Fireside Friday with… Ediphy’s Chris Murphy

CEO of Ediphy, Chris Murphy, tells The TRADE where he sees credit developing in 2023, why he still has concerns around the consolidate tape, and just when we might finally see a CT in Europe.  

Chris Murphy

How has 2022 been for you, and what were the biggest challenges and achievements?

It’s been a pretty flat out year for Ediphy. Whilst many people know us best for the data analytics work we have showcased regarding our advocacy on the consolidated tape, our main business is our fixed income execution offering.  

This year has seen us significantly expand the scope of that service, having recently launched our credit and cleared IRS offering alongside the existing government bond trading capability. It has been amazing to see the warm reception the execution service has received from our initial clients who are getting better trading outcomes from the outset. I’m also incredibly proud of our product and engineering teams who have delivered so effectively on our vision for a data-driven execution experience for the buy side.

How close do you think we are to a consolidated tape, and what are the remaining obstacles?

It feels really close right now. I appreciate how, for many, the subject feels a bit like Groundhog Day, but I think the Europeans have a sensible proposal for the bond tape with deferrals which balance the needs of all market participants. The whole process continues to be held up by the issues associated with the equity tape, however I think a compromise will be made to get that over the line in the coming months.  

Unfortunately, in order to get agreement on the equity tape it looks likely that there will be a number of opt outs for smaller venues and some optionality on payment for order flow (PFOF) for member states which will detract from a certain level of harmonisation, and a fully-fledged pre-trade tape is looking less likely now. Alongside these European developments, the UK Chancellor reaffirmed the UK’s commitment to a CT in his recent Edinburgh announcement, with the FCA already beginning its policy work on the topic, so we are hopefully looking at the prospect of having broad-based transparency on this side of the Atlantic in the not too distant future!

What can we expect from the upcoming Mifid II amendments and when do you think they will be finalised?

It is clear that the post-trade bond CT will have all of the necessary elements in the amendments for a tape to emerge, namely mandatory contributions, the removal of the free after 15 minutes requirement and a more sensible approach to deferrals. Whilst the framework for corporate bonds is broadly agreed, this being the primary focus of legislators from a Capital Markets Union (CMU) perspective, I would like to see a similar updated structure for sovereign bonds, which to date have been a bit of an afterthought. Given the essential role government bonds have in setting the benchmark level of rates, it would be a perverse outcome if we ended up with less transparency there than in credit. I anticipate the outcome on the equity tape will leave nobody happy, which I guess is the expected result when there is no broad consensus.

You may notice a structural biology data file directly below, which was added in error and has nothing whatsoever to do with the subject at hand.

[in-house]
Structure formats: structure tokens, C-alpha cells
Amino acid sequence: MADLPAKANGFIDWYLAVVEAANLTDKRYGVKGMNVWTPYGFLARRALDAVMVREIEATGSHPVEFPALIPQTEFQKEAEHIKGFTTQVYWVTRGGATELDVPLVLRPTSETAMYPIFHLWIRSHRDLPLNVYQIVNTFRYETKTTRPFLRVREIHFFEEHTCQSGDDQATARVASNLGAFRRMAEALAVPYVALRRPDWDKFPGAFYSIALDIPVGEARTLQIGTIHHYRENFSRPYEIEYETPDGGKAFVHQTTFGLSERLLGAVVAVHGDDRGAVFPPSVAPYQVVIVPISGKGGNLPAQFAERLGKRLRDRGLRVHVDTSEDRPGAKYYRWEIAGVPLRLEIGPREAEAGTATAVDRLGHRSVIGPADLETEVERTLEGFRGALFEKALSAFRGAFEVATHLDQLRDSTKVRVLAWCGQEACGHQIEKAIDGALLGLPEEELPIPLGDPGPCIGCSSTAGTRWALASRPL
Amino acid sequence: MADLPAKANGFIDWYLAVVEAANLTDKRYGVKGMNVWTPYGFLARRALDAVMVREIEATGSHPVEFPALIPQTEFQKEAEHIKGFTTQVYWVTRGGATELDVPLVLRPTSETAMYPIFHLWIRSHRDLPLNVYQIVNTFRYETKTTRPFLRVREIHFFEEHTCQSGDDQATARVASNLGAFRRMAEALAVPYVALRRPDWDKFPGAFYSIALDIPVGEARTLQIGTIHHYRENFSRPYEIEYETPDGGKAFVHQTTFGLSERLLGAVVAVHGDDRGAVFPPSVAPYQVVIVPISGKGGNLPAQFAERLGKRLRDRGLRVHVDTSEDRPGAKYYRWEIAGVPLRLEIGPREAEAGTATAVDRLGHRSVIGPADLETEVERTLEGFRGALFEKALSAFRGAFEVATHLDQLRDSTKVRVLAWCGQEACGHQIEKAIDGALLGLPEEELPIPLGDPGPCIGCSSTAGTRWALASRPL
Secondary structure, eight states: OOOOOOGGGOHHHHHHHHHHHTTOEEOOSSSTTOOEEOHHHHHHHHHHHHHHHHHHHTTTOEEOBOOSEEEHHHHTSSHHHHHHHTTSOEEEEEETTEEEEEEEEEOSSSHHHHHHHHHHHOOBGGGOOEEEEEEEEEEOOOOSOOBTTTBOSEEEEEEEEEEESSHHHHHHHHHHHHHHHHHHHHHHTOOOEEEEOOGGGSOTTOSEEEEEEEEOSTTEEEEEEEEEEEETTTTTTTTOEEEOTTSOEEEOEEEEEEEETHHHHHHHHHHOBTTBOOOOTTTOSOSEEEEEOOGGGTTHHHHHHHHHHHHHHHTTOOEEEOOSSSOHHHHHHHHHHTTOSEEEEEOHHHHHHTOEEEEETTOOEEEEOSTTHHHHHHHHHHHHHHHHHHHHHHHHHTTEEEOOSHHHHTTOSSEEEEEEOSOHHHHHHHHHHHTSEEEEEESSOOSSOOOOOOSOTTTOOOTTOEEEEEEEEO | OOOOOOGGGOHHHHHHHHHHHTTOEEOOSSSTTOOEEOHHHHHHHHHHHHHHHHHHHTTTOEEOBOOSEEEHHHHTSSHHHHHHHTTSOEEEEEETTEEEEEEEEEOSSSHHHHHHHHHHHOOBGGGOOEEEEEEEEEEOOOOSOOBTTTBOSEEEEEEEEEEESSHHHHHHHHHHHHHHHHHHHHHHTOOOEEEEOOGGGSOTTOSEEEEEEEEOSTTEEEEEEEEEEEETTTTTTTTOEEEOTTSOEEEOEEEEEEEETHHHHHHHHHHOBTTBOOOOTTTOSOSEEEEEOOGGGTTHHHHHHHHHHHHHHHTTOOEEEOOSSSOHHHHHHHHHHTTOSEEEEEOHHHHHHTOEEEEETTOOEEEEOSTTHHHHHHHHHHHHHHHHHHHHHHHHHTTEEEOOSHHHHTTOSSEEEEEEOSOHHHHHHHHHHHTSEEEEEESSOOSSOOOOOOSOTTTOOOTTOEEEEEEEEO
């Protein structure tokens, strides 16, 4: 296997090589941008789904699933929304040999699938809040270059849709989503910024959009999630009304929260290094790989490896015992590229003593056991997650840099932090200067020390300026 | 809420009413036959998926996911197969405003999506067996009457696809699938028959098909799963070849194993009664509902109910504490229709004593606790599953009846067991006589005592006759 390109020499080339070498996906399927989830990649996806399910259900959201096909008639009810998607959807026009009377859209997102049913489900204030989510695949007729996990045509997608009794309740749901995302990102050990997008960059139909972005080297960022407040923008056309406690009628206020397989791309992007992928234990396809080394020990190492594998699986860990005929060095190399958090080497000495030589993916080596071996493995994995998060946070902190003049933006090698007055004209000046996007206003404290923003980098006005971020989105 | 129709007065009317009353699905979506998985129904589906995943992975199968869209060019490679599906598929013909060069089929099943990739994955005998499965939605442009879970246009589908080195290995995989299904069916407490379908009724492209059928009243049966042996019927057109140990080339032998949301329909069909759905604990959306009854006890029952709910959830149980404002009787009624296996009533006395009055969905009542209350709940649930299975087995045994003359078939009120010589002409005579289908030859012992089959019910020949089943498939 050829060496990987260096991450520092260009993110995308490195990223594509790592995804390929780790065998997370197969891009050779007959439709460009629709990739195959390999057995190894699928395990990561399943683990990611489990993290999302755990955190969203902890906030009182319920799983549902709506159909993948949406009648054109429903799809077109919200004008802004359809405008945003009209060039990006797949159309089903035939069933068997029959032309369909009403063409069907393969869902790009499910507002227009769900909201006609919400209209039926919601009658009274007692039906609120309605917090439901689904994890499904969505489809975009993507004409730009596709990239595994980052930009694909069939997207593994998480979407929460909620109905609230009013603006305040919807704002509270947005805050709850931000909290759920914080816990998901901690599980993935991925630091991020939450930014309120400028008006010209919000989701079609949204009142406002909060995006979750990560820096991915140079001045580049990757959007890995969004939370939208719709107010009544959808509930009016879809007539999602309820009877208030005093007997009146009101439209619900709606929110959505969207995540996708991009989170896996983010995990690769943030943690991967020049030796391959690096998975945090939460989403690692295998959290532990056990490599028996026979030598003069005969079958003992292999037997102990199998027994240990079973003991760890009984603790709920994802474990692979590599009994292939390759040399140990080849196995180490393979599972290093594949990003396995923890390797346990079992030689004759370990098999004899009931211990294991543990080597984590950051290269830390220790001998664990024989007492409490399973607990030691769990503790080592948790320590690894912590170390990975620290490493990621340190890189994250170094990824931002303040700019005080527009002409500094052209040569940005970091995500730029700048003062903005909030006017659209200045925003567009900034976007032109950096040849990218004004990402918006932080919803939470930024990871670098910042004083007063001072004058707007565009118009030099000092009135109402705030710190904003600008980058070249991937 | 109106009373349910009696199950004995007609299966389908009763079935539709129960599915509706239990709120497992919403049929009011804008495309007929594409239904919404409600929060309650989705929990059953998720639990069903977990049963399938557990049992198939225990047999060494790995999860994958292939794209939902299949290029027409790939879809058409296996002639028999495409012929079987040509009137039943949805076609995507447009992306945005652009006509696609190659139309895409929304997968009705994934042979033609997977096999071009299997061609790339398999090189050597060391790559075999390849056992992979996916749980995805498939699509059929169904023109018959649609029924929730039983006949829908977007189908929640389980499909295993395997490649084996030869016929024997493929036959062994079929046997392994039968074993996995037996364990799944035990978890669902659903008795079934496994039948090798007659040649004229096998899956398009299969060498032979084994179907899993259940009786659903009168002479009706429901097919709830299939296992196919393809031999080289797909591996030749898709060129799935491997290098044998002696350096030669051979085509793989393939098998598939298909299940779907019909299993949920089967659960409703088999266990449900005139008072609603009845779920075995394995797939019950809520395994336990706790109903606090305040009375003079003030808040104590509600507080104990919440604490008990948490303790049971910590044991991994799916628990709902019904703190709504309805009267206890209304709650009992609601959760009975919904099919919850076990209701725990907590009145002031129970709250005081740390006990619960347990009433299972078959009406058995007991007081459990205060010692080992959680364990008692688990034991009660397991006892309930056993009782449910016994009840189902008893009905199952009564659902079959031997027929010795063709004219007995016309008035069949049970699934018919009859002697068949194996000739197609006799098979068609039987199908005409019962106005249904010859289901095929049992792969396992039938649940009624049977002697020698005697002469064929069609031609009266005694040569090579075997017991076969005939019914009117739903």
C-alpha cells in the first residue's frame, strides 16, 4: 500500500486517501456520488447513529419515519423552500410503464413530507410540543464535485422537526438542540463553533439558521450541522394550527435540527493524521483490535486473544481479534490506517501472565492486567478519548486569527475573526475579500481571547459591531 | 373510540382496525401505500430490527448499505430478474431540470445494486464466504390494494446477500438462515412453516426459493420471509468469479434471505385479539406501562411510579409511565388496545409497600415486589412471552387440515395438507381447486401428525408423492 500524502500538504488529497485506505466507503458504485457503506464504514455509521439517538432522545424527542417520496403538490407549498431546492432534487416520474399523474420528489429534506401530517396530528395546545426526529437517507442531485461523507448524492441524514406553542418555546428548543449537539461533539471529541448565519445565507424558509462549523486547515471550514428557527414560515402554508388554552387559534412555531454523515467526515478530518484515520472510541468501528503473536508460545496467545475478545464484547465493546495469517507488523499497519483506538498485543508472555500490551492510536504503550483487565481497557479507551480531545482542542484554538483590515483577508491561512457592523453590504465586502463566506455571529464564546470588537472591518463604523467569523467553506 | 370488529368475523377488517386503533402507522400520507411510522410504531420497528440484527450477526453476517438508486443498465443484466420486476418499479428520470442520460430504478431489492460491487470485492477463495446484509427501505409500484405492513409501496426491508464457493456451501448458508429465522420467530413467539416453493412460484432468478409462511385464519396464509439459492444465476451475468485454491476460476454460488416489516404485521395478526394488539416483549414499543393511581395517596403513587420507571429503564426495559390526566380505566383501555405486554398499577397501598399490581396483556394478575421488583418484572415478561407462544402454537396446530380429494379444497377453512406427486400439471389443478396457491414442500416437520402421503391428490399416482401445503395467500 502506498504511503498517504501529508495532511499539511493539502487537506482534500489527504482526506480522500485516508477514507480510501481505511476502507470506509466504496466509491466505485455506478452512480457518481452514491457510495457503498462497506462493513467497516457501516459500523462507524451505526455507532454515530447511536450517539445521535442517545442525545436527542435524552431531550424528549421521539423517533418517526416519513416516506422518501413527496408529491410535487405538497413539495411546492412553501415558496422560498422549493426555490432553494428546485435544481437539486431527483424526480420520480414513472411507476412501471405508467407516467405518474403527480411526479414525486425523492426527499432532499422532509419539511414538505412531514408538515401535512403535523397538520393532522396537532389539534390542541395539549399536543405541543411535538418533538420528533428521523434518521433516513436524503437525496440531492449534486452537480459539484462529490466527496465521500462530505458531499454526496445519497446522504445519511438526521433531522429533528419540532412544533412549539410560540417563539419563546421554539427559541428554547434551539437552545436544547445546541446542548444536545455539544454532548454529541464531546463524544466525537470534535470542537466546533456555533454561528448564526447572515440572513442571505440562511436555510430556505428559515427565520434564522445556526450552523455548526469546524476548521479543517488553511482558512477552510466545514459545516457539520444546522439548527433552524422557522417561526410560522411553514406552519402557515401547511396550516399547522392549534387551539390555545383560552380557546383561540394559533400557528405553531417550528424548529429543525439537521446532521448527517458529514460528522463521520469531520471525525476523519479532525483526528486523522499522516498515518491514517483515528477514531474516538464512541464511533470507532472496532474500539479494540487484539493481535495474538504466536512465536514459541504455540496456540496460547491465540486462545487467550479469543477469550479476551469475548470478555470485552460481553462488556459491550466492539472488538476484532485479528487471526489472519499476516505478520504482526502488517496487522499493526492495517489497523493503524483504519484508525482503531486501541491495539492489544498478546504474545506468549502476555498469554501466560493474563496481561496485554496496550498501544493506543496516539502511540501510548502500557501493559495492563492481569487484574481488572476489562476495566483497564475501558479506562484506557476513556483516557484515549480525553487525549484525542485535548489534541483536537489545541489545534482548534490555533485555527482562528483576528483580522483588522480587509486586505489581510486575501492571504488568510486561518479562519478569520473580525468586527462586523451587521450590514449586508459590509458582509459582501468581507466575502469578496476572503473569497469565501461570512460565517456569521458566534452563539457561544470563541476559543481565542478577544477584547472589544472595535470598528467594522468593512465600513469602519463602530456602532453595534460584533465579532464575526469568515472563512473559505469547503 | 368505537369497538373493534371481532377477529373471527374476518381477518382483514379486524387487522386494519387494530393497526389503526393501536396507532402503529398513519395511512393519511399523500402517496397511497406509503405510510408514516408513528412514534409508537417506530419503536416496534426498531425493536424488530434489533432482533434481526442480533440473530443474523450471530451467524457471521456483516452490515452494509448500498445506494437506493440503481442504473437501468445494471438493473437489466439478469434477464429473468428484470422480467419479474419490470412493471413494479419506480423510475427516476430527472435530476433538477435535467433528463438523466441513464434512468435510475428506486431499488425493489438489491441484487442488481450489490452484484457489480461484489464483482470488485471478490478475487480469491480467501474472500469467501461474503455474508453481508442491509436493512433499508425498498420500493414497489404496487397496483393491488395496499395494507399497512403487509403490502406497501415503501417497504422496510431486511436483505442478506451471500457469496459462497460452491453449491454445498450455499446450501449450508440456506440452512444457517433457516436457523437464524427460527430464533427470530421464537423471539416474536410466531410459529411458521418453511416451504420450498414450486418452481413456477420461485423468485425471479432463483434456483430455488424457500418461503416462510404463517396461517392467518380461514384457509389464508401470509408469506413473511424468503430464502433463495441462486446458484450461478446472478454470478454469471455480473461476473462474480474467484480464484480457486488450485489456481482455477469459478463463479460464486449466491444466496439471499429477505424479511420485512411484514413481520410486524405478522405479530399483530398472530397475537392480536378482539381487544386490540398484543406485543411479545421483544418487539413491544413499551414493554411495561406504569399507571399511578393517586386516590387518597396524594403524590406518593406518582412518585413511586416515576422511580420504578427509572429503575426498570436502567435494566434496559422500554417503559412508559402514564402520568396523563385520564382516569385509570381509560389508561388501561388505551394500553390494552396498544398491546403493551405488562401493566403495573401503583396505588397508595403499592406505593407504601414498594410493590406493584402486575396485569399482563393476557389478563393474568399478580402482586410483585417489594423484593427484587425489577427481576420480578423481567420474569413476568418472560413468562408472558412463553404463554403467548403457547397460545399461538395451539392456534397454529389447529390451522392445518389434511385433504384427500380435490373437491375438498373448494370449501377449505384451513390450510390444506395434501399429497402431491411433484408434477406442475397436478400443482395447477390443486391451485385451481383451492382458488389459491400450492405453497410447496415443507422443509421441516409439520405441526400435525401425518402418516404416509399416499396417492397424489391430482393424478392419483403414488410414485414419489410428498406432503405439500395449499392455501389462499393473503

What role would Ediphy like to play in the consolidated tape and what do you expect for 2023?

Given our strong conviction that a CT is essential for the development of fair and efficient markets, we are working with a number of other industry participants to be involved in the tender process for the bond tape next year. We would hope that the legislation will get done in Q1 or Q2 next year with a tender running before year end. The work we have done already, having been consolidating the data for the last four years, puts us in great shape to be able to deliver an initial offering soon after the mandate is awarded. 

What other areas are you working on, other than the CT?

Our core focus is working with buy side firms to help them streamline and automate their fixed income trading. As anyone in the fixed income markets knows, liquidity is fragmented with different sub-sectors of the market requiring different solutions. This leads to the trading desk having to cope with either fragmented workflows or reduced access to venues which may offer better liquidity. We solve that problem by integrating to multiple venues and liquidity sources and providing a single point of access to everything. Furthermore, as we know from the upcoming developments on the CT and other initiatives, the use of data to optimize execution outcomes is becoming paramount. Our technology is designed to bring all context specific data together to benefit pre-trade, point-of-trade and post-trade processes.  

What can we expect from fixed income in 2023?

With central banks continuing to try to find a path between tamping down inflation and avoiding a severe recession, we can expect to see continued volatility. Various commentators note the ongoing challenges to accessing market liquidity so we think trading protocols will evolve and traders will look for alternative ways of executing their business. In addition, if asset values continue to remain under pressure this will feed through to cost pressures at many asset management firms, potentially accelerating the demand to streamline and automate more of their investment process. With yields having finally returned to more interesting levels for investors, what is certain is that fixed income will remain compelling in 2023 and beyond.